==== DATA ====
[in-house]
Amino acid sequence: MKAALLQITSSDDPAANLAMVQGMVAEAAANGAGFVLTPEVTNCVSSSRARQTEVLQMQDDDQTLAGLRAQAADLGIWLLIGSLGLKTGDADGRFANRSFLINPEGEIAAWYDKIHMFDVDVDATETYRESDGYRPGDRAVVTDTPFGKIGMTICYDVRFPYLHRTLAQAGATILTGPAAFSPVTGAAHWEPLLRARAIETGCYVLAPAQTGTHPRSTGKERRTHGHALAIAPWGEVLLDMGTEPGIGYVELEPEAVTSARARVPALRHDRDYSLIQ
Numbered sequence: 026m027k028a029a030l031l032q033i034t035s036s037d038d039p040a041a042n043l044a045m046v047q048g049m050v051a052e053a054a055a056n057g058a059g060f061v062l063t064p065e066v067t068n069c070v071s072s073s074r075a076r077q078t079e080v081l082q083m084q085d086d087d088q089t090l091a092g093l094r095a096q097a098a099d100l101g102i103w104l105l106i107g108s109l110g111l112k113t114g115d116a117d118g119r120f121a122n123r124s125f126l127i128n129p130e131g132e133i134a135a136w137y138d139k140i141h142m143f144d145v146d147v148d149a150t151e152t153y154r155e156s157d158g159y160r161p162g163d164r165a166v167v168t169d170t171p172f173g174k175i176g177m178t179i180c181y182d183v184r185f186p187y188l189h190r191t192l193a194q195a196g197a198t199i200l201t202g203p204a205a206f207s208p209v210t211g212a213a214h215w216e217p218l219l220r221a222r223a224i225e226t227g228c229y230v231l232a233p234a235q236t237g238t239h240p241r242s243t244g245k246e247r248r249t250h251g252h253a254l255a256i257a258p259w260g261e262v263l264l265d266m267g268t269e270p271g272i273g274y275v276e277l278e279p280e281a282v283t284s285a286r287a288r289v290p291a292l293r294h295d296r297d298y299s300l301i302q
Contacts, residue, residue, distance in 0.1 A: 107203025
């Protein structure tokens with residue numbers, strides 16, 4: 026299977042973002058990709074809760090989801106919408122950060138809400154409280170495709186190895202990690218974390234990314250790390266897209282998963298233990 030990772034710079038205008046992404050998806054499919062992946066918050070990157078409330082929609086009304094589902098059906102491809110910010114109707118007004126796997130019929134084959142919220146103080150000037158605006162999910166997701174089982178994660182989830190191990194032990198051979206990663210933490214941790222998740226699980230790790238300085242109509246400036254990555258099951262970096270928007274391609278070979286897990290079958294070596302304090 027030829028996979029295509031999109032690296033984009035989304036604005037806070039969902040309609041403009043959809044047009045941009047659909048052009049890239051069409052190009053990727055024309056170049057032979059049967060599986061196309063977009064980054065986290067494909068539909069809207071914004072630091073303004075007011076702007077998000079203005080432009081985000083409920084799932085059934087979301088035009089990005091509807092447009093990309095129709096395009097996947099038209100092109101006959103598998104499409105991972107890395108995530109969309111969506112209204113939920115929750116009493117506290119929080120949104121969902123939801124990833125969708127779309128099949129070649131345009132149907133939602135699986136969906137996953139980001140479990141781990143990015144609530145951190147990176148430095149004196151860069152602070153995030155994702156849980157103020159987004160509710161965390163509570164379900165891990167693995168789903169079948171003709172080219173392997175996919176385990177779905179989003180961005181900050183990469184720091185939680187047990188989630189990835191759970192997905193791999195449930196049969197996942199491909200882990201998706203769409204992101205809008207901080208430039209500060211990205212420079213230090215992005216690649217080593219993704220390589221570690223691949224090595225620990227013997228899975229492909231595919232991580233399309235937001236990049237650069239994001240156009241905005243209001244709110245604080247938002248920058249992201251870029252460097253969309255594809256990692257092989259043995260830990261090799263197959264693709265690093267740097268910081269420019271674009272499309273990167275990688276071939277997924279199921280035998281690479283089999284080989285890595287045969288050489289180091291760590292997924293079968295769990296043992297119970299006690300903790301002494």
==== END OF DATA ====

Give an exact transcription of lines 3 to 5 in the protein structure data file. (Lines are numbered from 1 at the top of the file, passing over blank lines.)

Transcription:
Numbered sequence: 026m027k028a029a030l031l032q033i034t035s036s037d038d039p040a041a042n043l044a045m046v047q048g049m050v051a052e053a054a055a056n057g058a059g060f061v062l063t064p065e066v067t068n069c070v071s072s073s074r075a076r077q078t079e080v081l082q083m084q085d086d087d088q089t090l091a092g093l094r095a096q097a098a099d100l101g102i103w104l105l106i107g108s109l110g111l112k113t114g115d116a117d118g119r120f121a122n123r124s125f126l127i128n129p130e131g132e133i134a135a136w137y138d139k140i141h142m143f144d145v146d147v148d149a150t151e152t153y154r155e156s157d158g159y160r161p162g163d164r165a166v167v168t169d170t171p172f173g174k175i176g177m178t179i180c181y182d183v184r185f186p187y188l189h190r191t192l193a194q195a196g197a198t199i200l201t202g203p204a205a206f207s208p209v210t211g212a213a214h215w216e217p218l219l220r221a222r223a224i225e226t227g228c229y230v231l232a233p234a235q236t237g238t239h240p241r242s243t244g245k246e247r248r249t250h251g252h253a254l255a256i257a258p259w260g261e262v263l264l265d266m267g268t269e270p271g272i273g274y275v276e277l278e279p280e281a282v283t284s285a286r287a288r289v290p291a292l293r294h295d296r297d298y299s300l301i302q
Contacts, residue, residue, distance in 0.1 A: 107203025
């Protein structure tokens with residue numbers, strides 16, 4: 026299977042973002058990709074809760090989801106919408122950060138809400154409280170495709186190895202990690218974390234990314250790390266897209282998963298233990 030990772034710079038205008046992404050998806054499919062992946066918050070990157078409330082929609086009304094589902098059906102491809110910010114109707118007004126796997130019929134084959142919220146103080150000037158605006162999910166997701174089982178994660182989830190191990194032990198051979206990663210933490214941790222998740226699980230790790238300085242109509246400036254990555258099951262970096270928007274391609278070979286897990290079958294070596302304090 027030829028996979029295509031999109032690296033984009035989304036604005037806070039969902040309609041403009043959809044047009045941009047659909048052009049890239051069409052190009053990727055024309056170049057032979059049967060599986061196309063977009064980054065986290067494909068539909069809207071914004072630091073303004075007011076702007077998000079203005080432009081985000083409920084799932085059934087979301088035009089990005091509807092447009093990309095129709096395009097996947099038209100092109101006959103598998104499409105991972107890395108995530109969309111969506112209204113939920115929750116009493117506290119929080120949104121969902123939801124990833125969708127779309128099949129070649131345009132149907133939602135699986136969906137996953139980001140479990141781990143990015144609530145951190147990176148430095149004196151860069152602070153995030155994702156849980157103020159987004160509710161965390163509570164379900165891990167693995168789903169079948171003709172080219173392997175996919176385990177779905179989003180961005181900050183990469184720091185939680187047990188989630189990835191759970192997905193791999195449930196049969197996942199491909200882990201998706203769409204992101205809008207901080208430039209500060211990205212420079213230090215992005216690649217080593219993704220390589221570690223691949224090595225620990227013997228899975229492909231595919232991580233399309235937001236990049237650069239994001240156009241905005243209001244709110245604080247938002248920058249992201251870029252460097253969309255594809256990692257092989259043995260830990261090799263197959264693709265690093267740097268910081269420019271674009272499309273990167275990688276071939277997924279199921280035998281690479283089999284080989285890595287045969288050489289180091291760590292997924293079968295769990296043992297119970299006690300903790301002494």